18 U.S.C. § 333 : US Code – Section 333: Mutilation of national bank obligations

    Whoever mutilates, cuts, defaces, disfigures, or perforates, or unites or cements together, or does any other thing to any bank
    bill, draft, note, or other evidence of debt issued by any national
    banking association, or Federal Reserve bank, or the Federal
    Reserve System, with intent to render such bank bill, draft, note,
    or other evidence of debt unfit to be reissued, shall be fined
    under this title or imprisoned not more than six months, or both.

    Did you intend to “render the note unfit to be reissued”? Only your trial jury knows for sure!

    Same thing about U.S. coinage at § 331.

  10. 10
    Chris Rodda

    Whenever I’ve posted about doing this before (which has been many times because I’ve been doing it — and encouraging others to do it — for years), somebody always quotes that law, and this is always my answer:

    Of course my intent isn’t to “render the note unfit to be reissued.” The whole point is for other people who get these bills to see it crossed out, so I would obviously want them to stay in circulation as long as possible. I think it would be pretty hard for someone to argue that my intent is to render them unfit to reissue. That would completely defeat the purpose of crossing the slogan out.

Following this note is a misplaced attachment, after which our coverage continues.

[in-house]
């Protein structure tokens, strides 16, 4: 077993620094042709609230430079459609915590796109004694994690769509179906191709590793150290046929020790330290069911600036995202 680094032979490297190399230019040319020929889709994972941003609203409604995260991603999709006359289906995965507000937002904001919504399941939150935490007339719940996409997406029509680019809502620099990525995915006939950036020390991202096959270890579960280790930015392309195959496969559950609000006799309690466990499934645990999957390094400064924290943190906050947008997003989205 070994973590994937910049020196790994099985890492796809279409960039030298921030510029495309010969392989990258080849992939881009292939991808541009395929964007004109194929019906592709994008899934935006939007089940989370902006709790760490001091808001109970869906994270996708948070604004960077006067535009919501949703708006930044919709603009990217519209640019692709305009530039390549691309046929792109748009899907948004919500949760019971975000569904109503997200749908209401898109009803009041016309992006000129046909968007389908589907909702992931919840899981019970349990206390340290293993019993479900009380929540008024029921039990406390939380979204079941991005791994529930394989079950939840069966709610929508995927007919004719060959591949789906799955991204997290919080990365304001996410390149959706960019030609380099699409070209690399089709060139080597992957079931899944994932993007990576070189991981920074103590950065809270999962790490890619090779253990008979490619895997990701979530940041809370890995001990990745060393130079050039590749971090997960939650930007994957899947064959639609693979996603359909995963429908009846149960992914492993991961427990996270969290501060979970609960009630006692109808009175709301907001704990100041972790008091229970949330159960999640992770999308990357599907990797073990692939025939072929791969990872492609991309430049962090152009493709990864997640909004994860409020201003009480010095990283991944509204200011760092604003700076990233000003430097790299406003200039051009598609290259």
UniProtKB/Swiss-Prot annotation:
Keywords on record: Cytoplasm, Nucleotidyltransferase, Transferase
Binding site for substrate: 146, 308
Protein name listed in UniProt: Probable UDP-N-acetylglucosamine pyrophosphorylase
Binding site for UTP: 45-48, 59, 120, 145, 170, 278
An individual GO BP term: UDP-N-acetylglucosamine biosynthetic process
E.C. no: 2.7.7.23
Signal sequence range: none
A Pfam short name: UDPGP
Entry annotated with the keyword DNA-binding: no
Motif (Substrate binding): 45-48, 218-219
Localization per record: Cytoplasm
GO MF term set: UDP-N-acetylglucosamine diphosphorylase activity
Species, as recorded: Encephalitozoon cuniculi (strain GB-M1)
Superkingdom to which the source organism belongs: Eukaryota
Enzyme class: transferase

11. 11
    keansimmons

    I think that we all face this dilemma when we are asked to sign petitions-which I will illustrate: My Congressman is Representative Steve Cohen, Democrat, District 9, TN., I personally know Steve, and know that he is a very liberal Jewish man, who is a strong supporter of separation of church and state. So, do I send him this petition, when I know that he will vote against the resolution anyway (I did send it)?

    On the other hand, if my congressperson was a conservative Republican, would sending him a petition to vote no on a resolution that I know he supports persuade him to vote against it? My experience with similar situations leads me to conclude that the answer is no, it will not.

    Regarding marking money: I have been doing it for over twenty years! Everyone of us in the secular community should be using our right to free speech to protest this unconstitutional infraction. Just marking through the motto is not enough, get a stamp made with a message on it like, “Federal endorsement of a deity or religion violates the U.S. Constitution.” It is not childish! It is the right and responsible thing to do!